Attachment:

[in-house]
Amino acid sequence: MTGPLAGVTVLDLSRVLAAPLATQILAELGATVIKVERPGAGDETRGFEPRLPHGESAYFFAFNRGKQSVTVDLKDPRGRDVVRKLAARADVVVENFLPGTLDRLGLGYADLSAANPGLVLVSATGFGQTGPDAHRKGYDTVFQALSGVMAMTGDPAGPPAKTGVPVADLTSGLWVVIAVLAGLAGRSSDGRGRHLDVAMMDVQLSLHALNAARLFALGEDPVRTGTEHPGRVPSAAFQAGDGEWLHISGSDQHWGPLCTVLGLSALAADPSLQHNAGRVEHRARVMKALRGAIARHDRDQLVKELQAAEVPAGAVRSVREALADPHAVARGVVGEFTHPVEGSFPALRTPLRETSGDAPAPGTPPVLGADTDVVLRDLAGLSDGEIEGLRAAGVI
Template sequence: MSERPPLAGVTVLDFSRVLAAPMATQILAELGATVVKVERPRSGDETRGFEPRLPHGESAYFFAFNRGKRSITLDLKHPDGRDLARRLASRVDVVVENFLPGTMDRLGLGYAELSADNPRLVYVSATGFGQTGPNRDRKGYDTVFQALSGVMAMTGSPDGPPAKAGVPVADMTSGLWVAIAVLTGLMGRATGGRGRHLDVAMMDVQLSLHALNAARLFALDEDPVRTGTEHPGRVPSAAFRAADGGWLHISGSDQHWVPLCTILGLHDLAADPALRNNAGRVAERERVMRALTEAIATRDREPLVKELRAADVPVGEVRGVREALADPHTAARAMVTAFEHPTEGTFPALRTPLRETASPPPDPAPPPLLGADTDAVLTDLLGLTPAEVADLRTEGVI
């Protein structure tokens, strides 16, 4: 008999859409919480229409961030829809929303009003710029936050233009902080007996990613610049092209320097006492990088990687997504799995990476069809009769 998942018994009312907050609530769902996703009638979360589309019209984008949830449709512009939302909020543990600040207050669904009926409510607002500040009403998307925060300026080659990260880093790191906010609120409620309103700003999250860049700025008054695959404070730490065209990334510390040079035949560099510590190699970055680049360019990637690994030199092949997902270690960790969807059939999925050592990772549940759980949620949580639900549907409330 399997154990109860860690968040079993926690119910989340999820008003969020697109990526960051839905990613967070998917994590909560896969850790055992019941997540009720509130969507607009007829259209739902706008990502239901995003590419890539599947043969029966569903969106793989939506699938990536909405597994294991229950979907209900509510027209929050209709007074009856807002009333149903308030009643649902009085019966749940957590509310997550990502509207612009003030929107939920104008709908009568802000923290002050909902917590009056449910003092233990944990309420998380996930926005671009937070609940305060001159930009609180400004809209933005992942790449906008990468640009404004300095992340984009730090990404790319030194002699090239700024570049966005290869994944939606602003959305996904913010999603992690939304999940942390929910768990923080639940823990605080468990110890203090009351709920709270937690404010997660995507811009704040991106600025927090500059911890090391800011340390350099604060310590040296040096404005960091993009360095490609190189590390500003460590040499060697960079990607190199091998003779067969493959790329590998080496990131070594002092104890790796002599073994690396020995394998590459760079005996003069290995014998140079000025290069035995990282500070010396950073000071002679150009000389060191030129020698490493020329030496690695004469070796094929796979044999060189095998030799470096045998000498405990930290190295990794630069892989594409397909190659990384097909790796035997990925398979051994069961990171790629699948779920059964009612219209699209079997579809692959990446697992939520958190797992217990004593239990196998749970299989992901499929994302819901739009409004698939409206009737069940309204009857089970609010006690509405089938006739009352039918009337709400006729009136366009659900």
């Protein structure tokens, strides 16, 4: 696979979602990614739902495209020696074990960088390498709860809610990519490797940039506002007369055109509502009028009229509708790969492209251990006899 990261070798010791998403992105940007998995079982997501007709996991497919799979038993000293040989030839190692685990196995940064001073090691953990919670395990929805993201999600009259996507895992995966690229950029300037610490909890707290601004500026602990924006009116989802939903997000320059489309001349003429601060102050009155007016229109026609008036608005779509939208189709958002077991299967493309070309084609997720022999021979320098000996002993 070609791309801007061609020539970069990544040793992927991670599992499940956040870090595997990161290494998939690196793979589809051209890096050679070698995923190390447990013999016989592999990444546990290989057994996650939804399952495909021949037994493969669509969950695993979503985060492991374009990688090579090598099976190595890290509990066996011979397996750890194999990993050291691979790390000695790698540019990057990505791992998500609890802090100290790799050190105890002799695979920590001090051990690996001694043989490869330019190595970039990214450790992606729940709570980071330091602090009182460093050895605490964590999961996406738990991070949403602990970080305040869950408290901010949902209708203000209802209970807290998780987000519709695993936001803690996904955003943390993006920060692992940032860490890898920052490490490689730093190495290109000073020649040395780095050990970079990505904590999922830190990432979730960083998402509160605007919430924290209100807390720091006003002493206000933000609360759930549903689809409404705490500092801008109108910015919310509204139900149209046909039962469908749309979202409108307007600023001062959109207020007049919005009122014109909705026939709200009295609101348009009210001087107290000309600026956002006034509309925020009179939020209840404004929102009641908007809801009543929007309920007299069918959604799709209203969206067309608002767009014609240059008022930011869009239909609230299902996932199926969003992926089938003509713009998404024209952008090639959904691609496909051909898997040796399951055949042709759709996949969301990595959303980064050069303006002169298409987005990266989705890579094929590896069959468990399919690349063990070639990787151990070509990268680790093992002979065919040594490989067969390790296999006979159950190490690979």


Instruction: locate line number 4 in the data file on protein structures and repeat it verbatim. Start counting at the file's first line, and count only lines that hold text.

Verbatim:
């Protein structure tokens, strides 16, 4: 008999859409919480229409961030829809929303009003710029936050233009902080007996990613610049092209320097006492990088990687997504799995990476069809009769 998942018994009312907050609530769902996703009638979360589309019209984008949830449709512009939302909020543990600040207050669904009926409510607002500040009403998307925060300026080659990260880093790191906010609120409620309103700003999250860049700025008054695959404070730490065209990334510390040079035949560099510590190699970055680049360019990637690994030199092949997902270690960790969807059939999925050592990772549940759980949620949580639900549907409330 399997154990109860860690968040079993926690119910989340999820008003969020697109990526960051839905990613967070998917994590909560896969850790055992019941997540009720509130969507607009007829259209739902706008990502239901995003590419890539599947043969029966569903969106793989939506699938990536909405597994294991229950979907209900509510027209929050209709007074009856807002009333149903308030009643649902009085019966749940957590509310997550990502509207612009003030929107939920104008709908009568802000923290002050909902917590009056449910003092233990944990309420998380996930926005671009937070609940305060001159930009609180400004809209933005992942790449906008990468640009404004300095992340984009730090990404790319030194002699090239700024570049966005290869994944939606602003959305996904913010999603992690939304999940942390929910768990923080639940823990605080468990110890203090009351709920709270937690404010997660995507811009704040991106600025927090500059911890090391800011340390350099604060310590040296040096404005960091993009360095490609190189590390500003460590040499060697960079990607190199091998003779067969493959790329590998080496990131070594002092104890790796002599073994690396020995394998590459760079005996003069290995014998140079000025290069035995990282500070010396950073000071002679150009000389060191030129020698490493020329030496690695004469070796094929796979044999060189095998030799470096045998000498405990930290190295990794630069892989594409397909190659990384097909790796035997990925398979051994069961990171790629699948779920059964009612219209699209079997579809692959990446697992939520958190797992217990004593239990196998749970299989992901499929994302819901739009409004698939409206009737069940309204009857089970609010006690509405089938006739009352039918009337709400006729009136366009659900």